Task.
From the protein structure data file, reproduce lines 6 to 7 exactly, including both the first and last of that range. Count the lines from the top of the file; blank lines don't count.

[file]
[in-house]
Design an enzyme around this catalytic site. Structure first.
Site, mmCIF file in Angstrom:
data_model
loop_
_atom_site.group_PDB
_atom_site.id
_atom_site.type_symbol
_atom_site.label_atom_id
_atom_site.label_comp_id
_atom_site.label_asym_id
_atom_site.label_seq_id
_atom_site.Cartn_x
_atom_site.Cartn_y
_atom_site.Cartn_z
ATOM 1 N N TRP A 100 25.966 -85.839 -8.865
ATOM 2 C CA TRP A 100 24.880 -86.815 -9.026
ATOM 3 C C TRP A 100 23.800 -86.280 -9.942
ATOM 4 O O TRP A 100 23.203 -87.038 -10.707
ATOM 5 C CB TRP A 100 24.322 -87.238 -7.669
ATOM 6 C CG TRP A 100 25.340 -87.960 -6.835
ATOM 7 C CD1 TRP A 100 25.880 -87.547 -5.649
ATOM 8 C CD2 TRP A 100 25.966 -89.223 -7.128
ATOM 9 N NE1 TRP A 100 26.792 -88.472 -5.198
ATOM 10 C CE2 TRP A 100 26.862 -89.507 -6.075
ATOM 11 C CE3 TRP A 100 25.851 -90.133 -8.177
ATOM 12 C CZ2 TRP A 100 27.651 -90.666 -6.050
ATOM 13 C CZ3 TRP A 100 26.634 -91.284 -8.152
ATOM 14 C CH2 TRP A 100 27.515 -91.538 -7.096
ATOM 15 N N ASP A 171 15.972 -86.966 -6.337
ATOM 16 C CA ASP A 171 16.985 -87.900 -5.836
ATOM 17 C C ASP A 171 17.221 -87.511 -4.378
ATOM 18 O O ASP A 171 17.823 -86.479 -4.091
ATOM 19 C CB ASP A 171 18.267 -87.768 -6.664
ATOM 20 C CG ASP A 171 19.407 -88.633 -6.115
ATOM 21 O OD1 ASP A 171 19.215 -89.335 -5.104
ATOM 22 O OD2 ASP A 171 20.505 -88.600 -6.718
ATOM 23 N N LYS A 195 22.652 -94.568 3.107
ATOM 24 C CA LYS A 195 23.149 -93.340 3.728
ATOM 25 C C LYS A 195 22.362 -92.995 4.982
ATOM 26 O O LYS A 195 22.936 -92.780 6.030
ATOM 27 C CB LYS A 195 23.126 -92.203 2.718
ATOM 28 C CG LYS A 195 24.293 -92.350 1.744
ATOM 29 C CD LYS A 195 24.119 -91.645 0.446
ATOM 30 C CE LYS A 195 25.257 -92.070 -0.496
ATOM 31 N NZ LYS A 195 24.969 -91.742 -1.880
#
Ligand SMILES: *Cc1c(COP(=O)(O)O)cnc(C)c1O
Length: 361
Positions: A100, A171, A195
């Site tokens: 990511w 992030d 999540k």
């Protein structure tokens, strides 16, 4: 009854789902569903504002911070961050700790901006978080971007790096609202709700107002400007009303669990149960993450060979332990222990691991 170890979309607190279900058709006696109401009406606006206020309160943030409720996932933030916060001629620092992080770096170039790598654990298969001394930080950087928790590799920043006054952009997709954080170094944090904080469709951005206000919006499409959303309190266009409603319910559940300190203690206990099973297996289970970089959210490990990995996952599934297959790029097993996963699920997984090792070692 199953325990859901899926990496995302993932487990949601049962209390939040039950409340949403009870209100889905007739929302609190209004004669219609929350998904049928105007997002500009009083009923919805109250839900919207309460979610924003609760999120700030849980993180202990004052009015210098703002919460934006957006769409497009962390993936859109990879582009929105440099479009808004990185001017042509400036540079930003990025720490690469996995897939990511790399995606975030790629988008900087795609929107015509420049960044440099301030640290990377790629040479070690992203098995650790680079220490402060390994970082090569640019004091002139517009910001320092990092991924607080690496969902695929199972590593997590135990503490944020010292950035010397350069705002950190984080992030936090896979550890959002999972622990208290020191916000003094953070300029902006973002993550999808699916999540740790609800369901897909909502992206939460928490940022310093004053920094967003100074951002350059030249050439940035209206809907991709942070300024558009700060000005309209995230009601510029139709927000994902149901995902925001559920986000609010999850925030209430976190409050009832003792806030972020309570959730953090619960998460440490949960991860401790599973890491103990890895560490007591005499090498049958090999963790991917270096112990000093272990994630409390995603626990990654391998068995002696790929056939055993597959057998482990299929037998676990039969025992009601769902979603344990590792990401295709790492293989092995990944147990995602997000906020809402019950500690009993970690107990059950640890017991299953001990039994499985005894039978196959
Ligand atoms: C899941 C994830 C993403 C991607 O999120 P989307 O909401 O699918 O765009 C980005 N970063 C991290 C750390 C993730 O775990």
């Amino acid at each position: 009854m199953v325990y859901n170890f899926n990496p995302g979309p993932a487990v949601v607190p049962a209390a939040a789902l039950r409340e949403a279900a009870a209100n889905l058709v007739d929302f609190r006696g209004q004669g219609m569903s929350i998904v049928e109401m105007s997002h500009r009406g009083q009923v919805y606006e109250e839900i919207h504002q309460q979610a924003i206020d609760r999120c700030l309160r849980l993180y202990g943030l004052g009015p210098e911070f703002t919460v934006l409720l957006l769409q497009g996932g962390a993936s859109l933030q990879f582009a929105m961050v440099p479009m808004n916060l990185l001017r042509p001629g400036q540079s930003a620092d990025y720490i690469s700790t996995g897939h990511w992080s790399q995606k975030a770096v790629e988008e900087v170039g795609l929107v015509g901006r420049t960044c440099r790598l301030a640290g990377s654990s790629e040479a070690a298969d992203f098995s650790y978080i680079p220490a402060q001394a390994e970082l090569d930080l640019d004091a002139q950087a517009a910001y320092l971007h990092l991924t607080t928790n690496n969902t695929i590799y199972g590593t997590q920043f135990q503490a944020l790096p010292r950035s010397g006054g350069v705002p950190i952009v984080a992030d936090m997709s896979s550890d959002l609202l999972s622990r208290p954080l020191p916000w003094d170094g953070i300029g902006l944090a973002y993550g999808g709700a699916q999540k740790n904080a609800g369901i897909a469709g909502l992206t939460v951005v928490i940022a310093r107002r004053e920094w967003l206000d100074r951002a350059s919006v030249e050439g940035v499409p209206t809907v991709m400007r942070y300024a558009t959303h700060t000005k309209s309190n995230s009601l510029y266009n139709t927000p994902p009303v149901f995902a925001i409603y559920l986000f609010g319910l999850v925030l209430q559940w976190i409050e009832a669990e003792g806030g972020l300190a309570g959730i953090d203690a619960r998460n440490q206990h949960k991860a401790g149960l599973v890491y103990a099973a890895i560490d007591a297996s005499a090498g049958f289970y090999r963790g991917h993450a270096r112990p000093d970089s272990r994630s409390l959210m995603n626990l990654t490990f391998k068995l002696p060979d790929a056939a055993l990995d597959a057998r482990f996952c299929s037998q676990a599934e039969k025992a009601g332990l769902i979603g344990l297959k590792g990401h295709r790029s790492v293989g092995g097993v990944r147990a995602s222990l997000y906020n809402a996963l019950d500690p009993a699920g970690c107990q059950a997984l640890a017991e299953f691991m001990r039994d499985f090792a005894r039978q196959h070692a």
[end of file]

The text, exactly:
_atom_site.group_PDB
_atom_site.id